Hope: Beyond a Dream
"Hope is the dream of a man awake," says a French proverb. Dreams come during our rest time; hope is for our life while awake! While caring for thousands of people over the years, I have learned that health and hope usually go together. In fact, hopelessness often precedes and certainly characterizes depression. It is nearly impossible to have joy without hope. Those who lose hope often spiral down, so instilling hope is one of the most important ways we all can help each other.
|Hope is a dream acted upon.|
I recently attended a conference for physicians where one of the panelists was neurosurgeon Ben Carson, the one who separated the first set of Siamese twins in this country. He grew up with an older brother and they were raised by a single mother after their father left them. Ben was such a poor student that his nickname in elementary school was "dummy." One would have thought he had little hope of success with such a beginning.
Yet, Ben had a mother who believed in his potential, hoped for the best in his life and acted accordingly. Although she couldn't read, she had the brothers turn off the TV and made them read books and write reports on them each week. Before long, the brothers grew to love books, and Ben became the best student in his class. It was a remarkable transformation that began with one person believing in him and motivating him.
Ben's mother also instilled in her children a strong faith in God. He shared his faith boldly with our gathering of doctors and recounted multiple instances where life got tough and he prayed, received guidance from God, and then resolved to do what God led him to do. It was precisely through such a sequence that he came to know, after months of waiting, exactly how to separate the twins. He then gathered a team of more than twenty people who participated in the surgeries and, together, they succeeded - and lives were changed.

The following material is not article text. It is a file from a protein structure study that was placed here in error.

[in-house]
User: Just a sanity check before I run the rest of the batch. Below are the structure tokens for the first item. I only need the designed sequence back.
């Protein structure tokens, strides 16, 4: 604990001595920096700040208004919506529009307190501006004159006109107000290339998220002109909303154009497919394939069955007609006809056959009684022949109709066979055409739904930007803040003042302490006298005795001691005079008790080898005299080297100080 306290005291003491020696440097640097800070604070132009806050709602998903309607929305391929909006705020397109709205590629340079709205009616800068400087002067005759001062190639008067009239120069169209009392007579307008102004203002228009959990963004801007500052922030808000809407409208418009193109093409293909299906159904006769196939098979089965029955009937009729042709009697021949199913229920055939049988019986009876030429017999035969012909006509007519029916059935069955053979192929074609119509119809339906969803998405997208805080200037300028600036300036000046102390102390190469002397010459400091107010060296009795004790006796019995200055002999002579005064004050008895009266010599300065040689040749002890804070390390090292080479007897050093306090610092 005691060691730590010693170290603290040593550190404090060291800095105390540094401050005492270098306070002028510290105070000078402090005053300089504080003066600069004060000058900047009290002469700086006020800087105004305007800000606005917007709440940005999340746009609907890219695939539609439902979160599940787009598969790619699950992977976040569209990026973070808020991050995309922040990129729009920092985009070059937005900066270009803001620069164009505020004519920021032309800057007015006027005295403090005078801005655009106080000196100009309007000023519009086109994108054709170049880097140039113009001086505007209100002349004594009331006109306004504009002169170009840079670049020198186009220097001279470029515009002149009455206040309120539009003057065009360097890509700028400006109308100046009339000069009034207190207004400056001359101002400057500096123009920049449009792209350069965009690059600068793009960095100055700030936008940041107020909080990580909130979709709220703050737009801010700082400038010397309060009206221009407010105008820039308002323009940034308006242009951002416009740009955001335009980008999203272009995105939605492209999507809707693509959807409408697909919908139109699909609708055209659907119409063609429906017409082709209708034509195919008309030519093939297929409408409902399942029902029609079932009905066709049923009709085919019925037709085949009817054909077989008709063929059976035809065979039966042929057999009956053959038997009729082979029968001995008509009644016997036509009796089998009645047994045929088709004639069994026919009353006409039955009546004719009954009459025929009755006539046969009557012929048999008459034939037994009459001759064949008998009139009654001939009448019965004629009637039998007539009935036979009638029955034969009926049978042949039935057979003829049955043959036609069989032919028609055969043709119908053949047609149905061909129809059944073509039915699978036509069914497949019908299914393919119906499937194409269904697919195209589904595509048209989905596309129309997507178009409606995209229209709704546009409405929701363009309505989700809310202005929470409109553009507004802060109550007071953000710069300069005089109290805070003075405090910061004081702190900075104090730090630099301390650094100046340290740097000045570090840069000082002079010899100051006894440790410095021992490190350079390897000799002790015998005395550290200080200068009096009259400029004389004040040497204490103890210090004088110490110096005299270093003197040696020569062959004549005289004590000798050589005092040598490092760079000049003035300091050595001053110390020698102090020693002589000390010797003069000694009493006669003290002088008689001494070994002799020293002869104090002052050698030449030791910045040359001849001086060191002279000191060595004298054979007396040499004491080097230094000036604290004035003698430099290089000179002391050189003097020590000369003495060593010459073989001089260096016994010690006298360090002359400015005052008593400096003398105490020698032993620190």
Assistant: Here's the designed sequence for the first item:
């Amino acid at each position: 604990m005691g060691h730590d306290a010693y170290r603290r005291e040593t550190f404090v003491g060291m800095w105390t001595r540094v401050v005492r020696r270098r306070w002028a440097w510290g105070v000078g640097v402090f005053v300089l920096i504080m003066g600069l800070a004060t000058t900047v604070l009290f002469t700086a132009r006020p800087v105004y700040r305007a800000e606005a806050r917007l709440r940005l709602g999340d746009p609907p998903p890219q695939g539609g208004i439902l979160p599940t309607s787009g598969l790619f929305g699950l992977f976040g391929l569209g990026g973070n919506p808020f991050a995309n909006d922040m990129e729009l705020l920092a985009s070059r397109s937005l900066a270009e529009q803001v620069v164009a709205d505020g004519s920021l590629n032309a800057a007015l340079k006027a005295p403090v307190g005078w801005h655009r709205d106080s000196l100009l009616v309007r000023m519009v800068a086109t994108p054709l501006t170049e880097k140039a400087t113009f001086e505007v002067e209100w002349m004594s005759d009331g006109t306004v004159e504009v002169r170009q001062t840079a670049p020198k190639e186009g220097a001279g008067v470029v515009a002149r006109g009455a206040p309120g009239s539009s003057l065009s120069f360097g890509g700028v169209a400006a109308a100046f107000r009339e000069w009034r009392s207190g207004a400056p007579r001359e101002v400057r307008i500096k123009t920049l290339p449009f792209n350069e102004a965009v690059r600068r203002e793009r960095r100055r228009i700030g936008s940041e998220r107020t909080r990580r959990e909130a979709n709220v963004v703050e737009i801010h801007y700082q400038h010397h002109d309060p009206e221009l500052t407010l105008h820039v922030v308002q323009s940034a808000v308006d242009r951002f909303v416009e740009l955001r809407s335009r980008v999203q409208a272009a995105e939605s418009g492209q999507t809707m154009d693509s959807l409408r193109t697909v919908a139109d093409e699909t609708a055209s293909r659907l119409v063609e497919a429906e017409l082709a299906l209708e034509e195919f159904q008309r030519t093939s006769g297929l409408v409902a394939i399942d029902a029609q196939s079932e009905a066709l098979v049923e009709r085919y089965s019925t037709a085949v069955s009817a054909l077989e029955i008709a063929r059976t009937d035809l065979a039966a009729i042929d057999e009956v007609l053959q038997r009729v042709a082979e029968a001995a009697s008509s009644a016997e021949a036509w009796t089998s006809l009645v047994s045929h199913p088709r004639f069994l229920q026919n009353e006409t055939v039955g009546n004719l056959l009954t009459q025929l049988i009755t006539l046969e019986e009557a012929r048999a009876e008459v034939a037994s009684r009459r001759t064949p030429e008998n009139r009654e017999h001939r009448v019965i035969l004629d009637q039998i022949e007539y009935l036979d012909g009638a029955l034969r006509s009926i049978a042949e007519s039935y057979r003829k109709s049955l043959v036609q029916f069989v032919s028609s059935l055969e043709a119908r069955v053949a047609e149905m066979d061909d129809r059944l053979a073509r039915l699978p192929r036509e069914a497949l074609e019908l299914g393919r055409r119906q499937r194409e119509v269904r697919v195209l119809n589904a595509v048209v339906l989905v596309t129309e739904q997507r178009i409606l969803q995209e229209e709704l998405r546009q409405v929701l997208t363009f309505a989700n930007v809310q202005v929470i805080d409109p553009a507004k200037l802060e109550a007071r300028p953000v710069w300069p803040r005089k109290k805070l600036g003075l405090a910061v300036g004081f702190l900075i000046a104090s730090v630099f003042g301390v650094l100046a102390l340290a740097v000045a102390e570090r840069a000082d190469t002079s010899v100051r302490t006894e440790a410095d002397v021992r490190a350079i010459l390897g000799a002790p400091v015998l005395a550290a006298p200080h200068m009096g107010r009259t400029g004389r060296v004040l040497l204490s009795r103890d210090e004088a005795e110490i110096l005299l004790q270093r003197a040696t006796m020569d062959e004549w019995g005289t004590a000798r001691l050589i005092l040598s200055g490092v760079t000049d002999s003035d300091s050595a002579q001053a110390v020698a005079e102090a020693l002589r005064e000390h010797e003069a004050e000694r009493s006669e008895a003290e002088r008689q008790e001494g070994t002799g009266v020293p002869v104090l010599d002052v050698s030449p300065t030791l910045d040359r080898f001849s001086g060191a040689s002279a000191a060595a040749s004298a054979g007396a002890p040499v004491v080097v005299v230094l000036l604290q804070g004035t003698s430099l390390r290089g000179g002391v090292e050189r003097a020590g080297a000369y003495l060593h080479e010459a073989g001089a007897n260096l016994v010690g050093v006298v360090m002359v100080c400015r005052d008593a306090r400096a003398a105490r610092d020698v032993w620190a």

Faith fueled his perseverance, which kept his hope for those lives alive. He prayed, he waited patiently, and then he knew what to do.
One day, Dr Carson realized that all his successes came from God working through him, so he made a life-changing declaration. He said, "Lord, from now on, you are the neurosurgeon. I am simply your assistant." He is now a world-renowned surgeon and operates on hundreds of children each year at Johns Hopkins University.
We all have dreams of what we want to do or become, and dreams are wonderful. But beyond dreaming, we must act in our daily lives in ways that bring us closer to those hopes and dreams. Whether it's eating a healthier diet, incorporating more activity into a sedentary lifestyle or deciding to forgive someone who hurt us, our choices affect how we feel and our health. What we do matters, and our actions impact not only our lives but those around us. And prayer ignites the hope that keeps us going when our world makes no sense or when, like Ben Carson, we face seemingly impossible challenges.
So, today, look around and notice who believes in you and gives you hope. Stay close to them. And look for those who need someone who believes in them. Share your best with them. Hope goes beyond a dream when a person wakes up to the fact that their life has purpose and their choices matter. When we start living with purpose, our outlook changes. Our whole world changes. And that is a hopeful thing!